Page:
If I were you, I'm sure I'd be pissed off, too.

                                                        2. re: Sneakeater

                                                          I agree with Sneakeater.

                                                          For context, Brooklyn Fare doesn't allow any electronic devices or note-taking and I do think that it creates a more focused and enjoyable food experience for everyone, even though I can only remember half the dishes the next day.

                                                      2. Were you doing a Mike Myers and going "yes, yes, no, no" while taking pictures?

                                                        So is the cote de boeuf worth the new price tag? I thought that should be the discussion here. Nonetheless, perhaps if you didn't take the first couple of photos discretely, then some other patrons might have complained to the powers that be. Personally I don't like taking pictures at a restaurant, and would be annoyed if someone next table is snapping away with a Nikon D3x. However, I rely heavily on bloggers' comments and pictures in making decisions to attend a restaurant, so I guess if photography taking is done discretely then I'd be fine with it.

                                                        In this case, though, I have a sneaky suspicion that if "Chuckeats" or "Wandering Epicure" were the ones taking pictures, nothing would have been said.

                                                        1. I went to Minetta last thursday - as an aside, though the Cote de Boeuf has increased (exponentially it seems!), it is still incredible; we had four marrow bones to go with it; in addition, pommes anna, their brandade which is out of this world (just the right amount of salinity from the fish) and the oysters and pork sausages - and didn't see any flashes, though that could be because no one was taking pictures.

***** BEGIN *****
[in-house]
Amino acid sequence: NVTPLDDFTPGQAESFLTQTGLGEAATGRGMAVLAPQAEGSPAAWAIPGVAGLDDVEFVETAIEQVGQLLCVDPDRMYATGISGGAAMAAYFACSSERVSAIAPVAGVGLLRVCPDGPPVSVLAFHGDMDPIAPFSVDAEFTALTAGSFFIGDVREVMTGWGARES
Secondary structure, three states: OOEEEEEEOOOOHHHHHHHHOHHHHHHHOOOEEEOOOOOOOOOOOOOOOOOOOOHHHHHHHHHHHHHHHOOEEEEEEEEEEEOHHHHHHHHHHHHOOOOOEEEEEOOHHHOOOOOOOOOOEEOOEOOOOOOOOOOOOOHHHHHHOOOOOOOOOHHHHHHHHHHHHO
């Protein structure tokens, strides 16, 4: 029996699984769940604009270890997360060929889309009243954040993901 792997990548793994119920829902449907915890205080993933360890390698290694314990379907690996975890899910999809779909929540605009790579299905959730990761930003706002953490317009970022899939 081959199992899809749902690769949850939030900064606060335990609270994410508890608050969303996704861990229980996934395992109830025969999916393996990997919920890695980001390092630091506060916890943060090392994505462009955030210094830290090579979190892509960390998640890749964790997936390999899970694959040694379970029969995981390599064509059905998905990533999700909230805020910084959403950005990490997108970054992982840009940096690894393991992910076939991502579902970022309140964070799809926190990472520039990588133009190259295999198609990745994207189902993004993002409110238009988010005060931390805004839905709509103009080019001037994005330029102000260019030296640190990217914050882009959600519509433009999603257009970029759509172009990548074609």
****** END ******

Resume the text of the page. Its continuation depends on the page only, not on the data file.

It's funny, reading this entire thread, I thought for sure I would be in the anti-photography group but thinking about it and my Minetta experience actually changed that. For one, I really enjoy reading food blogs and more often than not, I feel like something is missing when there's not a photograph accompanying the write up. Secondly, if someone was actually being intrusive (ie using their flash quite brightly, trying to take photos of the dining room as a whole (I don't want to be photographed), I would just ask them to stop, or ask the FOH to ask them. It doesn't seem right to me to be so rigid or strict; it's more on a case by case basis, especially since I've more than once whipped out my iPhone to take photographs of something in front of me.
                                                          But lastly, you know what really made me change my mind? Photography was hardly the most intrusive thing at Minetta on Thursday. It was the drunken boors who come there to party and "be seen." My dining partner and I were seated next to a party of 6 males (and one unfortunate female) who were clearly *many* drinks in and they were shouting across the table for no reason. I wouldn't have minded if they were quietly taken photographs of the food at all. On the contrary, part of me wishes they would have. Then, I could have laughed about it and moved on, being able to enjoy my dinner AND hear my companion.

                                                          As an aside, I was once at Astrance and this couple was taking photographs and the waiter came over and told them they needed to stop. Not because there was a photo ban, but because they were taking too long to eat the dishes and the temperature was incorrect by the time they finally got around to tasting what they had so carefully photographed.

                                                          2 Replies
                                                          1. re: Lacrosse_Gastronomic

                                                            I've dined with two excellent food photographers who frequently post on these boards. They are extremely quiet when they take their photos and when they dine.